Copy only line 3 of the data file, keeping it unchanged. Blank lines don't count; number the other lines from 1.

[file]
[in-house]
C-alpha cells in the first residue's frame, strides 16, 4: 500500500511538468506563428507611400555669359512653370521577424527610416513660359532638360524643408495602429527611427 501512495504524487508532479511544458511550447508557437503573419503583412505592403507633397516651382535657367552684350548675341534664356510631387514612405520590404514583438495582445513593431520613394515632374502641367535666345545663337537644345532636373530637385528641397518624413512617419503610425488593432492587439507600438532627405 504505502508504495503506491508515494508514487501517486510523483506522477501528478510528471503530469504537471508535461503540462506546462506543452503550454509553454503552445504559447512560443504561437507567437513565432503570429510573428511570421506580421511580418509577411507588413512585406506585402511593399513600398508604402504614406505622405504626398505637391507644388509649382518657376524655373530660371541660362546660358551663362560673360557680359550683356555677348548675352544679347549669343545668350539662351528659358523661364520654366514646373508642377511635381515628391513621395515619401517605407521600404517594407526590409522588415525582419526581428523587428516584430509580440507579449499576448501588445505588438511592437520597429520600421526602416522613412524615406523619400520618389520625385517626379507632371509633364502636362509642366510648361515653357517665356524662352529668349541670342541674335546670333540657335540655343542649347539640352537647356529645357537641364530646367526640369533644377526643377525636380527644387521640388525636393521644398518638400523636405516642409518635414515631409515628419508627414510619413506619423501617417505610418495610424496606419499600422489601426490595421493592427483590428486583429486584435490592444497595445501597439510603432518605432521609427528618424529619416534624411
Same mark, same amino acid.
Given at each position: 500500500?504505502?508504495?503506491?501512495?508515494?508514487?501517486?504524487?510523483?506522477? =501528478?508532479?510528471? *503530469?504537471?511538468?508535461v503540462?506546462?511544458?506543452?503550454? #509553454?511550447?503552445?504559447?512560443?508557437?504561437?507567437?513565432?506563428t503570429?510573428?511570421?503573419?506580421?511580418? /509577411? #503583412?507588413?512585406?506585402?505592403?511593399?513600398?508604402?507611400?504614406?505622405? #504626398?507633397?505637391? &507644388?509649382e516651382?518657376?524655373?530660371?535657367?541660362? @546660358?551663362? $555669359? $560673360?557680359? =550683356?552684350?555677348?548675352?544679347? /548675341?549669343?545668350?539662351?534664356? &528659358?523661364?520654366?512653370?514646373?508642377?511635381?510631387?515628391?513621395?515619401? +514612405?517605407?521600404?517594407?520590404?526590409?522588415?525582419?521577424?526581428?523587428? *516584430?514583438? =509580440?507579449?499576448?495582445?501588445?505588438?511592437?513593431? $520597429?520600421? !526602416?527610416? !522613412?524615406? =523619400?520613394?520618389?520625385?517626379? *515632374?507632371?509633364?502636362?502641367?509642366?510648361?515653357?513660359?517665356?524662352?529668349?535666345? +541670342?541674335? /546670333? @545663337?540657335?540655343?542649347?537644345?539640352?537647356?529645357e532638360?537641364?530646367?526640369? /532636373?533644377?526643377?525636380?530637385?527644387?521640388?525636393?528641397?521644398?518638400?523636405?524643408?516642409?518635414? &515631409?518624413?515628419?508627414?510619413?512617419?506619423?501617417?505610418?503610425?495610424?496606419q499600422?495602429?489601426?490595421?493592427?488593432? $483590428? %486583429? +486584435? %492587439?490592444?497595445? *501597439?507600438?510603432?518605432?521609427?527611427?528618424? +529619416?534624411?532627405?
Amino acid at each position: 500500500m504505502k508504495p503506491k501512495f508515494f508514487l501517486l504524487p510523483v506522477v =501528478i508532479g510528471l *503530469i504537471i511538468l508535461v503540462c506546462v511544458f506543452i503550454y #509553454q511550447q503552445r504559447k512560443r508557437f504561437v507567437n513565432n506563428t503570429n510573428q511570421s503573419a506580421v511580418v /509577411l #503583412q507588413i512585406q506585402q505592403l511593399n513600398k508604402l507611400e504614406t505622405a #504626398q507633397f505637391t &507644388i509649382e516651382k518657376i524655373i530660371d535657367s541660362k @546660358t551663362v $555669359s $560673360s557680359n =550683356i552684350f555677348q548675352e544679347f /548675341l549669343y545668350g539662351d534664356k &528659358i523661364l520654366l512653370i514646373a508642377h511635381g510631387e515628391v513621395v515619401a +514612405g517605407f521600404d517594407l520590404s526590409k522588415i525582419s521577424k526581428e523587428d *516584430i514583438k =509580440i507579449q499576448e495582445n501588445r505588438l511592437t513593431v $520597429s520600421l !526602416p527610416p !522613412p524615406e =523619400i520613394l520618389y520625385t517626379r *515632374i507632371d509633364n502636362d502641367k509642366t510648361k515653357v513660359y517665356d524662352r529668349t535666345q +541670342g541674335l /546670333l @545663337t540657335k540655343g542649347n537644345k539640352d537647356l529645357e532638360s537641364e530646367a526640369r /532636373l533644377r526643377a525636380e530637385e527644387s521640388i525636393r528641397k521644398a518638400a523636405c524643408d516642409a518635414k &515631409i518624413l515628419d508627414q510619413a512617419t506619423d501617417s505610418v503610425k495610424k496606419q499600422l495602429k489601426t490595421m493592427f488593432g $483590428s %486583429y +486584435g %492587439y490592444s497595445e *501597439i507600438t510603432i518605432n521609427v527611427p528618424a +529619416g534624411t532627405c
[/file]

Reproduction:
Same mark, same amino acid.